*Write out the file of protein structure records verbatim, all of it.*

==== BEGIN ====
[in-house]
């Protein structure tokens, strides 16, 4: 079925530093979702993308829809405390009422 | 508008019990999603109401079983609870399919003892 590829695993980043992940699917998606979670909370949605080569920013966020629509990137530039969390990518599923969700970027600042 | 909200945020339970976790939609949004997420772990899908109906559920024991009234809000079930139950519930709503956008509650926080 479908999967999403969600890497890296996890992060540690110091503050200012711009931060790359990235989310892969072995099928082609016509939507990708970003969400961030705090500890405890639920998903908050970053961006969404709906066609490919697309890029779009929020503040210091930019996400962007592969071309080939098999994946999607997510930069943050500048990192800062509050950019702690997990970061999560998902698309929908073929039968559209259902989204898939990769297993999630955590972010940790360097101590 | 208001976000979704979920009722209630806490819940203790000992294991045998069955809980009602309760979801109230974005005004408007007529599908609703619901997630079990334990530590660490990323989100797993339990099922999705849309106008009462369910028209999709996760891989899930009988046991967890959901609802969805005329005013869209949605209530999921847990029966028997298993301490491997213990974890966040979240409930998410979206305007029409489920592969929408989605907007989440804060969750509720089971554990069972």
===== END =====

[in-house]
């Protein structure tokens, strides 16, 4: 079925530093979702993308829809405390009422 | 508008019990999603109401079983609870399919003892 590829695993980043992940699917998606979670909370949605080569920013966020629509990137530039969390990518599923969700970027600042 | 909200945020339970976790939609949004997420772990899908109906559920024991009234809000079930139950519930709503956008509650926080 479908999967999403969600890497890296996890992060540690110091503050200012711009931060790359990235989310892969072995099928082609016509939507990708970003969400961030705090500890405890639920998903908050970053961006969404709906066609490919697309890029779009929020503040210091930019996400962007592969071309080939098999994946999607997510930069943050500048990192800062509050950019702690997990970061999560998902698309929908073929039968559209259902989204898939990769297993999630955590972010940790360097101590 | 208001976000979704979920009722209630806490819940203790000992294991045998069955809980009602309760979801109230974005005004408007007529599908609703619901997630079990334990530590660490990323989100797993339990099922999705849309106008009462369910028209999709996760891989899930009988046991967890959901609802969805005329005013869209949605209530999921847990029966028997298993301490491997213990974890966040979240409930998410979206305007029409489920592969929408989605907007989440804060969750509720089971554990069972």